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mr6666

Trump & Manafort trial....

46 posts in this topic

I find it ironic that Manafort's lawyers are trying to use Gates' extra-marital affairs to try to paint Gates in a bad light and imply that what he says about Manafort can't be trusted.

Do they feel the same way about another well known guy and his extra-marital affairs???? 

Sounds like a good one for SNL.

 

 

  • Haha 2

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You can see that the prosecution didn't offer Gates a deal just for flipping for this trial.  There is way more to come. But I suspect when those indictments come down Mueller will also have to be ready with his report because all hell is going to break loose.

 

 
Paul Manafort trial Day 9: Judge seals discussion of Rick Gates, Trump and the ongoing Mueller investigation
Paul Manafort, President Trump’s onetime campaign chairman, is on trial in federal court in Alexandria on bank and tax fraud charges.
By Rachel Weiner, Matt Zapotosky, Lynh Bui, Tom Jackman  •  Read more »
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The Judge Ellis made yet another bone-head comment that could hurt the government's case against Manafort:

*****

Prosecutors have for the second time during Paul Manafort's criminal trial asked Judge T.S. Ellis to correct a statement he made to the jury, according to a filing they made Friday morning.

This time, they're asking Ellis to tell the jury to disregard his comment Thursday during a witness' testimony about alleged bank fraud conspiracy that the attorneys "might want to spend time on a loan that was granted."

Ellis made the comment near the end of the day Thursday, as witness Taryn Rodriguez of Citizens Bank testified about a $5.5 million loan Manafort applied for using false statements to the bank but did not receive.

What prosecutors want: Prosecutors said the comment misrepresents the law regarding bank fraud conspiracy and is likely to confuse and mislead the jury.

They want Ellis to explain in court Friday "that the jury is not to consider the Court’s comment and that loans that Manafort fraudulently applied for but did not receive are relevant to the charges in the indictment."

*****

Based on all the evidence against Manafort the only possible chance he has is if a juror believe the government is is being unfair to him.    Would a juror be silly enough to involve jury nullification and cause a mistrial?

  

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With a judge like this who needs to tamper with witnesses? 

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MSNBCVerified account @MSNBC 5m5 minutes ago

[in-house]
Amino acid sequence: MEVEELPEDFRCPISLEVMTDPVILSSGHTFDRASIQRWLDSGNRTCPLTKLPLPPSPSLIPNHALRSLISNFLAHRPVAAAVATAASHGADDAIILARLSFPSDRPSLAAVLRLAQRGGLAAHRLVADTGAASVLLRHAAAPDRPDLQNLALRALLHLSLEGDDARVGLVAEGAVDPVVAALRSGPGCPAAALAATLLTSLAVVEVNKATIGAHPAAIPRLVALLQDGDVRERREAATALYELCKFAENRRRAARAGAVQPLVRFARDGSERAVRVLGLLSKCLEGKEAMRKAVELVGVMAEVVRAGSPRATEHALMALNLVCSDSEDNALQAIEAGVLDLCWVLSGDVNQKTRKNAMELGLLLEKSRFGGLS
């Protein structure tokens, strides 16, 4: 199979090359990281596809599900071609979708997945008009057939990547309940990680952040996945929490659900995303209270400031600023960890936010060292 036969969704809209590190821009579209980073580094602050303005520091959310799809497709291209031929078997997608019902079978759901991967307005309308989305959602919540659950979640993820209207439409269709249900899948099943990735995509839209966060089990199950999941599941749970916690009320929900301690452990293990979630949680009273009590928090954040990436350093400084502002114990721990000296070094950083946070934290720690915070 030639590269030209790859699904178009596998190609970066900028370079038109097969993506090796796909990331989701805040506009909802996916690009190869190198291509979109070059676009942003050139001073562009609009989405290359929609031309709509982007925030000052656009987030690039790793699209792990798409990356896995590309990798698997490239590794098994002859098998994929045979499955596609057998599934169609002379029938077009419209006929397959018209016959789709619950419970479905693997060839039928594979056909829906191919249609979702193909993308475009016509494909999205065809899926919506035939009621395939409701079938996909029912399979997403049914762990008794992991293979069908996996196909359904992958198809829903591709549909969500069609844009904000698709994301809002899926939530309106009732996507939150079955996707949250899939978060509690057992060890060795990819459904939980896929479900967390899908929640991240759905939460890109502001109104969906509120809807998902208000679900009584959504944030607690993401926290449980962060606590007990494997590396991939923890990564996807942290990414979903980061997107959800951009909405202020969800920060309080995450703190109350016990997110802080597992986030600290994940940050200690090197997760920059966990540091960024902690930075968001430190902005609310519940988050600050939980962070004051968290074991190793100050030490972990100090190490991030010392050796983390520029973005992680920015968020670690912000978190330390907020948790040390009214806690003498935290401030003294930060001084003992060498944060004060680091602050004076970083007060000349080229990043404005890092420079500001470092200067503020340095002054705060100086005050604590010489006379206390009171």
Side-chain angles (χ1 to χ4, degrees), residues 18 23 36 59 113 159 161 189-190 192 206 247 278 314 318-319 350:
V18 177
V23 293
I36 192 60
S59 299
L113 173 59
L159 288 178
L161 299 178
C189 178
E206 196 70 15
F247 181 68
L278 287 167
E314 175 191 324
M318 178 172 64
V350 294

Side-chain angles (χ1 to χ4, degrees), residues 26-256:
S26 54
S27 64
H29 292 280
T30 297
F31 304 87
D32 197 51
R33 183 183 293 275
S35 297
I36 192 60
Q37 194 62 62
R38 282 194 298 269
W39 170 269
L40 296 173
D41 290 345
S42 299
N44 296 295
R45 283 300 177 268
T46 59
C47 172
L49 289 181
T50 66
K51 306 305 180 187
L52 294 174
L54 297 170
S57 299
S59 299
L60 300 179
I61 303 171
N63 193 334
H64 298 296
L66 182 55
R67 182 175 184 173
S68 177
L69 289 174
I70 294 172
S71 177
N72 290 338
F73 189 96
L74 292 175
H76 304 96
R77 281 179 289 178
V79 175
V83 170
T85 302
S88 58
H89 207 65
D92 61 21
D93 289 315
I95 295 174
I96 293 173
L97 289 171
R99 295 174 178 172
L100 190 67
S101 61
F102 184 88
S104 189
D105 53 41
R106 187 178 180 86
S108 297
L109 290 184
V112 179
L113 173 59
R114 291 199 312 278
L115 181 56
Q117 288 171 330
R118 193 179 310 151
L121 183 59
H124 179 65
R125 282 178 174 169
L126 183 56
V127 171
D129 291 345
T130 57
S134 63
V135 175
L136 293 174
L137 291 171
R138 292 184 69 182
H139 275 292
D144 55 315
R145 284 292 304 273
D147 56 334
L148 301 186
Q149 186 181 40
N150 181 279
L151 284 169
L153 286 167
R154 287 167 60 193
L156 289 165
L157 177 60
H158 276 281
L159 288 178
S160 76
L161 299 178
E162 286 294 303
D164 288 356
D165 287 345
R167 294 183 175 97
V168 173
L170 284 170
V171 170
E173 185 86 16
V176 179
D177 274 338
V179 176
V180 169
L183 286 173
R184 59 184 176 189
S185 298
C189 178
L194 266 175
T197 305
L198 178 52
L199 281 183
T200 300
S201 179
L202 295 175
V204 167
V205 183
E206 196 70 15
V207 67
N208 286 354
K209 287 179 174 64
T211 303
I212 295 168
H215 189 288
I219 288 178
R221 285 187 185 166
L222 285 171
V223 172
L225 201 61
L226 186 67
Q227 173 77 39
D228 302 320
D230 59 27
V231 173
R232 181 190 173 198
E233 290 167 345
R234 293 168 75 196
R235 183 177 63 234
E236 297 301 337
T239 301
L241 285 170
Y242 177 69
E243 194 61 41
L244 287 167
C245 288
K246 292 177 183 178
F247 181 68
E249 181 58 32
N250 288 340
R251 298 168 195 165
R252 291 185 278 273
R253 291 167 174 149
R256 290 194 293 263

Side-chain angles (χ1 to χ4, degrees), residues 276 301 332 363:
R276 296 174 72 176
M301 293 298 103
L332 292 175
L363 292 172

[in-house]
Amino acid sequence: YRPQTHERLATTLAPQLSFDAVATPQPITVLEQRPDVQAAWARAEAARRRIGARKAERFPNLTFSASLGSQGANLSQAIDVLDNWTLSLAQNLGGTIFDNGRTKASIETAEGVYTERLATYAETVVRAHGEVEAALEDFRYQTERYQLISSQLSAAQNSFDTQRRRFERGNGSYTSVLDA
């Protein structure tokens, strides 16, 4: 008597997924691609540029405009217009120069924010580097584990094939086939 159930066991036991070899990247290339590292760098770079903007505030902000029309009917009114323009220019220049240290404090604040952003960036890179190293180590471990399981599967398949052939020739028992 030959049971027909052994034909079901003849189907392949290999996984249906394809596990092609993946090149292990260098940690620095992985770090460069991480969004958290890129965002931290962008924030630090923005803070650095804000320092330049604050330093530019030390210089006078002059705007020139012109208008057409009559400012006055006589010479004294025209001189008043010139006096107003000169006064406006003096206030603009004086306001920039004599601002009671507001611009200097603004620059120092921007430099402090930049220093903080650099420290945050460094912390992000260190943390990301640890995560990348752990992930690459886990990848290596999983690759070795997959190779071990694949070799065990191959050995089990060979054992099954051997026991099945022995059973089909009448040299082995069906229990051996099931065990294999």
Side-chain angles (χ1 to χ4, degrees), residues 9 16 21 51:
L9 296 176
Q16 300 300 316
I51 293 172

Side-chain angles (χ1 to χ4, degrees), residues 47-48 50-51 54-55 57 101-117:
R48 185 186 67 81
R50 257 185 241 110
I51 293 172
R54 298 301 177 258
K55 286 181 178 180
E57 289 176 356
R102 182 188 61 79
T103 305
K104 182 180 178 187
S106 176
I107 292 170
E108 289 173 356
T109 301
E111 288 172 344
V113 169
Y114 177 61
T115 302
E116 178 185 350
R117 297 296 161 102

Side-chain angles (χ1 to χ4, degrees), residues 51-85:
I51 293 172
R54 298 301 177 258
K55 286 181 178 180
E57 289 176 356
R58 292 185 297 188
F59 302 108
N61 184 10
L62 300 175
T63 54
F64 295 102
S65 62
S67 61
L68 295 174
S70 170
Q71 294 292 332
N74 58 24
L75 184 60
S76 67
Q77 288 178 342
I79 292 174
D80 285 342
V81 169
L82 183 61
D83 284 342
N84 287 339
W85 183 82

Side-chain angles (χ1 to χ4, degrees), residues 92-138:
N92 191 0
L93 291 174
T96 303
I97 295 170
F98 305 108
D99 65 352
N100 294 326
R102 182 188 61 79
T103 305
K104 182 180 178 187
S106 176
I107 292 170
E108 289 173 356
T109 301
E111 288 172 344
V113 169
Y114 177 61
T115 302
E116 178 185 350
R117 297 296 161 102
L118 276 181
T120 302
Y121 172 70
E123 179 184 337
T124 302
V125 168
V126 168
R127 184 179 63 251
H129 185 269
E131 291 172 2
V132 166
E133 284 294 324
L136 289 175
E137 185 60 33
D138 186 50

Special counsel Robert Mueller's team rested its case against Paul Manafort, President Donald Trump's former campaign chairman, who is facing tax evasion, bank fraud and money laundering charges.

----------------------------------------------------------

http://www.latimes.com/la-na-pol-manafort-trial-prosecution-rests-20180813-story.html

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I heard that the defence is going to rest without presenting anything.  I smell a big Trump prearranged pardon rat here.

 
Paul Manafort trial Day 11: Emails show Manafort deeply involved in his financial dealings
Evidence in the trial of Paul Manafort could conclude today, followed by closing arguments and the possible start of jury deliberations.
By Matt Zapotosky, Lynh Bui, Rachel Weiner, Tom Jackman  •  Read more »
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Howard FinemanVerified account @howardfineman 4h4 hours ago

 
 

#Manafort’s hopes/strategies:

1. hung jury due to a holdout juror, since conviction must be unanimous.

2. If guilty, stall with appeals until @realDonaldTrump fires #Mueller, then join Trump on barricades of resulting crisis.

3. Pardon, based on silence and loyalty to #Trump.

:unsure: 
 
 
 
 
 
 
 

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On 8/14/2018 at 6:01 PM, mr6666 said:

Howard FinemanVerified account @howardfineman 4h4 hours ago

 
 

#Manafort’s hopes/strategies:

1. hung jury due to a holdout juror, since conviction must be unanimous.

2. If guilty, stall with appeals until @realDonaldTrump fires #Mueller, then join Trump on barricades of resulting crisis.

3. Pardon, based on silence and loyalty to #Trump.

:unsure: 
 
 
 
 
 
 
 

1. is very possible. 2 is probable, but there is nothing that says that Manafort has to remain free during appeals. 3. is what I worry about the most. I've been following this trial closely and this guy is embarrassingly guilty. No mitigating circumstances, he is just entitled and has unbridled greed coupled with no regard for the law. If the feds offered him a deal he was a fool to turn it down.

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3 minutes ago, calvinnme said: